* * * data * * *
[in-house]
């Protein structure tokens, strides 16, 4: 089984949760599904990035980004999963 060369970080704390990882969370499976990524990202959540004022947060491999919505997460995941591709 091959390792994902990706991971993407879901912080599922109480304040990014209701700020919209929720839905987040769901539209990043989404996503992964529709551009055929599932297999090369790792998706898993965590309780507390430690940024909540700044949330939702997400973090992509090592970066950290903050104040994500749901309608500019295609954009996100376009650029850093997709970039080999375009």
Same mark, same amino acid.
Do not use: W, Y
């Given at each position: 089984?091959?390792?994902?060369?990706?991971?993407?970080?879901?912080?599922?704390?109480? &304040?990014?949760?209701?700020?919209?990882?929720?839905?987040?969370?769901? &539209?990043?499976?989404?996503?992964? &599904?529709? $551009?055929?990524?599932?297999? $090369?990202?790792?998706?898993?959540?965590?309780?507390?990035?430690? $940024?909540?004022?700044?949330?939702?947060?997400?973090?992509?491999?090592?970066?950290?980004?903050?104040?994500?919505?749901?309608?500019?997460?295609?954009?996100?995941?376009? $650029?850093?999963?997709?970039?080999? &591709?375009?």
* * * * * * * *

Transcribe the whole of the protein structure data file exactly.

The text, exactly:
[in-house]
């Protein structure tokens, strides 16, 4: 089984949760599904990035980004999963 060369970080704390990882969370499976990524990202959540004022947060491999919505997460995941591709 091959390792994902990706991971993407879901912080599922109480304040990014209701700020919209929720839905987040769901539209990043989404996503992964529709551009055929599932297999090369790792998706898993965590309780507390430690940024909540700044949330939702997400973090992509090592970066950290903050104040994500749901309608500019295609954009996100376009650029850093997709970039080999375009």
Same mark, same amino acid.
Do not use: W, Y
């Given at each position: 089984?091959?390792?994902?060369?990706?991971?993407?970080?879901?912080?599922?704390?109480? &304040?990014?949760?209701?700020?919209?990882?929720?839905?987040?969370?769901? &539209?990043?499976?989404?996503?992964? &599904?529709? $551009?055929?990524?599932?297999? $090369?990202?790792?998706?898993?959540?965590?309780?507390?990035?430690? $940024?909540?004022?700044?949330?939702?947060?997400?973090?992509?491999?090592?970066?950290?980004?903050?104040?994500?919505?749901?309608?500019?997460?295609?954009?996100?995941?376009? $650029?850093?999963?997709?970039?080999? &591709?375009?």